Fig. 1
figure 1

Mixed-methods convergent design in the usability evaluation of the Electronic Health Report Form (eHRF) prototype


Overall, a diverse group of participant characteristics was wanted, to include as many aspects of knowledge, expertise, and experience as possible, which is important in participation research [28]. Young people had previously participated in identifying the different health areas to include in an eHRF for YHC [21], allowing the researchers’ perspective to assert itself in the development phase. The target number of participants for the development phase was an expert panel with eight researchers. For the usability evaluation, the participant target number was 12 young people and three YHC healthcare professionals.

eHRF prototype development participants

Participants in the development of the eHRF prototype were an expert panel and an Information Technology (IT) company (Fig. 2).

Fig. 2
figure 2

The participants in the Electronic Health Report Form (eHRF) prototype development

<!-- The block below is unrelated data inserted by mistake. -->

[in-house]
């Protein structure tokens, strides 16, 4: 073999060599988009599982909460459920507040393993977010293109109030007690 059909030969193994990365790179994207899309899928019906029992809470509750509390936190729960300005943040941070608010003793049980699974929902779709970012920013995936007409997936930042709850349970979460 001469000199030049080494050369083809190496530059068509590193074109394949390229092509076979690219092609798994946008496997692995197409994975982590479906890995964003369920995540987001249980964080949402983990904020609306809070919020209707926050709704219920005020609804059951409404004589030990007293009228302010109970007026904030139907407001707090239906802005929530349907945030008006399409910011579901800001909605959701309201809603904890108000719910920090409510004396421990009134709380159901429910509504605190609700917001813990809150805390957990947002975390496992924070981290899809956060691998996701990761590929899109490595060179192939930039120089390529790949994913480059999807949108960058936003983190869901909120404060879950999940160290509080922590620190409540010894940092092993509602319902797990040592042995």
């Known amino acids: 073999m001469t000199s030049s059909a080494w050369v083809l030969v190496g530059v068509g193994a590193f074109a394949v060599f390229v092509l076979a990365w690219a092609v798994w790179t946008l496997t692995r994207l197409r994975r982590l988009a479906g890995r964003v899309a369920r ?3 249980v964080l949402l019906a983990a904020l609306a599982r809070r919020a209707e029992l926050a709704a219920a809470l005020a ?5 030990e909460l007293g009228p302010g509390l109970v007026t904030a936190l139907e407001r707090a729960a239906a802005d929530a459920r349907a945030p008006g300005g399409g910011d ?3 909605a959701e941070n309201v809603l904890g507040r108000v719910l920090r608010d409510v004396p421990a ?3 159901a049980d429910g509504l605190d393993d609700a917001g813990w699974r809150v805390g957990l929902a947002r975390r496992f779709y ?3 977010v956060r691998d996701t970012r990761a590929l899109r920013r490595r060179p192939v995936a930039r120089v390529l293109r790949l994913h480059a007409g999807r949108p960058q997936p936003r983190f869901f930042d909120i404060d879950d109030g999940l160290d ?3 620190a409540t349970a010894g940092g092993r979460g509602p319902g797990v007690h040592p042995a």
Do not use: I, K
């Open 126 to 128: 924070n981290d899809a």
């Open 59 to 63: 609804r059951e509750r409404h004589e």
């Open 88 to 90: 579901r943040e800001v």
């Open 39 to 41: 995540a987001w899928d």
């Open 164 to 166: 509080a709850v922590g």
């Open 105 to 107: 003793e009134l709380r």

The expert panel members were purposively selected based on their professional and academic experience. The participating members had multi-professional clinical experience in the development of health technology and working with young people in mental healthcare, primary healthcare, and YHCs. Their academic degrees ranged from Master of Science to professor.

A collaboration with an IT-company contact person was included. The IT-company had experience in collaboration with several universities and healthcare regions in Sweden, offering solutions for a medical documentation system [29].

eHRF prototype usability evaluation participants